Policy and methods: developing a framework for analysing the impact of patient-centred outcomes for achieving reimbursement in the UK
Patient-centred outcomes (PCOs) focus on a patient’s beliefs, opinions, and needs, and are key to measuring and optimising the global transformation towards patient-centred healthcare. However, to what extent reimbursement agencies take PCOs into account when reviewing health technology assessment (HTA) submissions is unclear. Our client wanted to understand the impact of PCOs on HTAs submitted to the UK National Institute of Health and Care Excellence (NICE). They were particularly interested in the impact of PCOs other than quality of life as measured with the EuroQol-5D (EQ-5D). The answer had important implications for the client’s short- and long-term research and development strategy.
Working together with the client, Symmetron developed a framework to analyse PCO impact in NICE HTAs. The framework included clinical and cost-effectiveness data, as well as barriers and facilitators of PCO impact mentioned by NICE or the manufacturer. We first conducted a pilot study on eight HTAs submitted to NICE and two HTAs submitted to the Scottish Medicines Consortium. We then applied the framework to a larger dataset of 69 publicly available NICE appraisals, of which 42 contained PCOs other than EQ-5D.
Based on our analytical framework, PCO evidence had a substantial impact on NICE decision-making in 13/42 NICE appraisals, most often as part of the economic model.
Our analysis helped the client understand the current impact of PCOs in HTA submissions. These results provide general feedback on how PCO measures may be included in a company submission, which in turn could support a more favourable NICE assessment. Our findings were presented at the Health Technology Assessment International conference in June 2021 (PP42) and have been published in the International Journal of Technology Assessment in Health Care in December 2021.
Rare diseases: gaining reimbursement for a drug targeting a rare disease
Idiopathic pulmonary fibrosis is an increasing health threat, yet its status as a “rare disease” means that research about it is pretty limited. Our client, a major drug manufacturer interested in bringing only the second treatment onto the market, needed our help to develop a robust economic evaluation for reimbursement submissions.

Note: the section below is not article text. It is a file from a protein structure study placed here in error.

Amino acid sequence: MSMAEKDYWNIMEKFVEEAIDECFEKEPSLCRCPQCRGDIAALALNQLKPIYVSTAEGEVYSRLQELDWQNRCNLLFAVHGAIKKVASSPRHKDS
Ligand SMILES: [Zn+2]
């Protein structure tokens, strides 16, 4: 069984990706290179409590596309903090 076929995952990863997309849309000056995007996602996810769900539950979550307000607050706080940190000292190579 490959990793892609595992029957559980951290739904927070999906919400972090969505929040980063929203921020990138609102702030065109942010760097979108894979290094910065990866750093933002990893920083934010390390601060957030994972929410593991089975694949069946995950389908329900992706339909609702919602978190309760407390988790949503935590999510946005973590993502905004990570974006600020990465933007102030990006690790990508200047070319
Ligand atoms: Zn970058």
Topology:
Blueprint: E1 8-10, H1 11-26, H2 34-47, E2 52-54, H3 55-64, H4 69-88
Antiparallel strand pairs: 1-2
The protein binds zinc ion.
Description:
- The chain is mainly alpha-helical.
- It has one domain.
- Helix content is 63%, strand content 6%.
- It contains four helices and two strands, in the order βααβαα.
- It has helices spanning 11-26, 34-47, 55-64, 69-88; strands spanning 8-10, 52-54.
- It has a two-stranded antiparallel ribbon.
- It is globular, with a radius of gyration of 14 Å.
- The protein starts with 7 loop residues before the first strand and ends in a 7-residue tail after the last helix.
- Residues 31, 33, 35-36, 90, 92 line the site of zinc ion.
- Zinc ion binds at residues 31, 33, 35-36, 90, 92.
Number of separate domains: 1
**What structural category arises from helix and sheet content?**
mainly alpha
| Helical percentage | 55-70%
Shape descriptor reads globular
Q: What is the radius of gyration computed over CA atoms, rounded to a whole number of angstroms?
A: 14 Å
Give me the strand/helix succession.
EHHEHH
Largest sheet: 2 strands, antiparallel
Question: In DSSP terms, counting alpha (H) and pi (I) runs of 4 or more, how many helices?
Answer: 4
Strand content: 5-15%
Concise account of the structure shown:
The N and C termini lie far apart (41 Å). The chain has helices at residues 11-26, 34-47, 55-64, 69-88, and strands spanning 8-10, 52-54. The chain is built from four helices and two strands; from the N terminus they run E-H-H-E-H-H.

We first conducted a systematic review and network meta-analysis of the literature. We used the data to build a model for the UK National Institute for Health and Care Excellence (NICE), which we subsequently adapted to 10 other health care systems to support the client’s global strategy.
We collaborated with the client through multiple phases of health economic modelling, achieving a level of trust and efficiency that supported a partnership lasting several years. We leveraged our expert knowledge in the disease area and close relationship with the client to develop a global submission strategy.
The client’s regulatory submission to NICE was accepted following its consultation, avoiding months-long revisions and negotiations. As a result, the client’s drug gained rapid market access in the UK and across the globe.
Respiratory: modelling survival after the clinical trials have ended
Progressive fibrotic interstitial lung disease (PF-ILD) was clinically defined relatively recently, and the benefit of treatment for survival has only been studied over 12 months. We knew that a deeper understanding of survival, especially in the long term, would be needed to demonstrate a treatment’s value fully.
Our deep experience with idiopathic pulmonary fibrosis (IPF) and our thorough literature analysis pointed to the hypothesis that the survival of patients with PFI-ILD was likely similar to that of patients with IPF.
We used propensity score matching and combined long term evidence from an IPF cohort with a clinical trial of PF-ILD, using Bayesian survival analysis. This method is highly innovative and exploratory. It was well-received by reviewers and reimbursement agencies, which acknowledged that we were trying to reduce uncertainty in the survival estimates of patients with PF-ILD.
Our survival data remain the most comprehensive estimate of medium- and long-term survival of patients with PF-ILD. It will play a pivotal role in future cost-effectiveness modelling in this disease area.